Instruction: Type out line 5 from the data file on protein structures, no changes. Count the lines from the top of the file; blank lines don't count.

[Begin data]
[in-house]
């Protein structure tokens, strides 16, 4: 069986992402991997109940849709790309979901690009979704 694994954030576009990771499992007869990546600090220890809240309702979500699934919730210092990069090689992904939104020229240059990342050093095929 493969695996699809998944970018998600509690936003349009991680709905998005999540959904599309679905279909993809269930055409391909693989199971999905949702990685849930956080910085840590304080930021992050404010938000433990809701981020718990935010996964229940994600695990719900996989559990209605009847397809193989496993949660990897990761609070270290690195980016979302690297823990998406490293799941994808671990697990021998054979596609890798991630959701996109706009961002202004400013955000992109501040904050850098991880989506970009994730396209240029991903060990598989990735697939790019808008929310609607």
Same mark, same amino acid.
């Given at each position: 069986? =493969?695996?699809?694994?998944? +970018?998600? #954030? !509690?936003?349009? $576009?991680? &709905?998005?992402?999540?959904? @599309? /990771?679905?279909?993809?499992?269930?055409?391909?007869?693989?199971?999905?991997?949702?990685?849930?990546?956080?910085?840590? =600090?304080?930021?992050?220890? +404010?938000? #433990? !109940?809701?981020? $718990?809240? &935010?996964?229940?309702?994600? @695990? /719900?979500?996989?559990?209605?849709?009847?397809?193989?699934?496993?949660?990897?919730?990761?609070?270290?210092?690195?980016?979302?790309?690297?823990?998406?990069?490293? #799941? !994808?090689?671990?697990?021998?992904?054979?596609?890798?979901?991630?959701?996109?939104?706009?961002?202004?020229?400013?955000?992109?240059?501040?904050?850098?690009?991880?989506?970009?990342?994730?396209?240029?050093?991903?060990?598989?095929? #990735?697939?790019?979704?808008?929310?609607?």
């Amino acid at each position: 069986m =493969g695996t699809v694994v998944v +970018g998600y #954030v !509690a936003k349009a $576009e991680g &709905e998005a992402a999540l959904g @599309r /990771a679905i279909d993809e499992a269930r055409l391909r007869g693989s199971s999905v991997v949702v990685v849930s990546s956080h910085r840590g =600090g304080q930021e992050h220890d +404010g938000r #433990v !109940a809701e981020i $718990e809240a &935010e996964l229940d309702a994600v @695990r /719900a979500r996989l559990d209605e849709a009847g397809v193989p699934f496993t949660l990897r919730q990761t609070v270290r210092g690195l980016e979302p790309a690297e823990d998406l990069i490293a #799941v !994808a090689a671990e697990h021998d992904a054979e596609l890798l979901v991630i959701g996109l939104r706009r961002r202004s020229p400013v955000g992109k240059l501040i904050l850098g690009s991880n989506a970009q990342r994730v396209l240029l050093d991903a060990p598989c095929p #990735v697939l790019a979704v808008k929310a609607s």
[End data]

């Amino acid at each position: 069986m =493969g695996t699809v694994v998944v +970018g998600y #954030v !509690a936003k349009a $576009e991680g &709905e998005a992402a999540l959904g @599309r /990771a679905i279909d993809e499992a269930r055409l391909r007869g693989s199971s999905v991997v949702v990685v849930s990546s956080h910085r840590g =600090g304080q930021e992050h220890d +404010g938000r #433990v !109940a809701e981020i $718990e809240a &935010e996964l229940d309702a994600v @695990r /719900a979500r996989l559990d209605e849709a009847g397809v193989p699934f496993t949660l990897r919730q990761t609070v270290r210092g690195l980016e979302p790309a690297e823990d998406l990069i490293a #799941v !994808a090689a671990e697990h021998d992904a054979e596609l890798l979901v991630i959701g996109l939104r706009r961002r202004s020229p400013v955000g992109k240059l501040i904050l850098g690009s991880n989506a970009q990342r994730v396209l240029l050093d991903a060990p598989c095929p #990735v697939l790019a979704v808008k929310a609607s």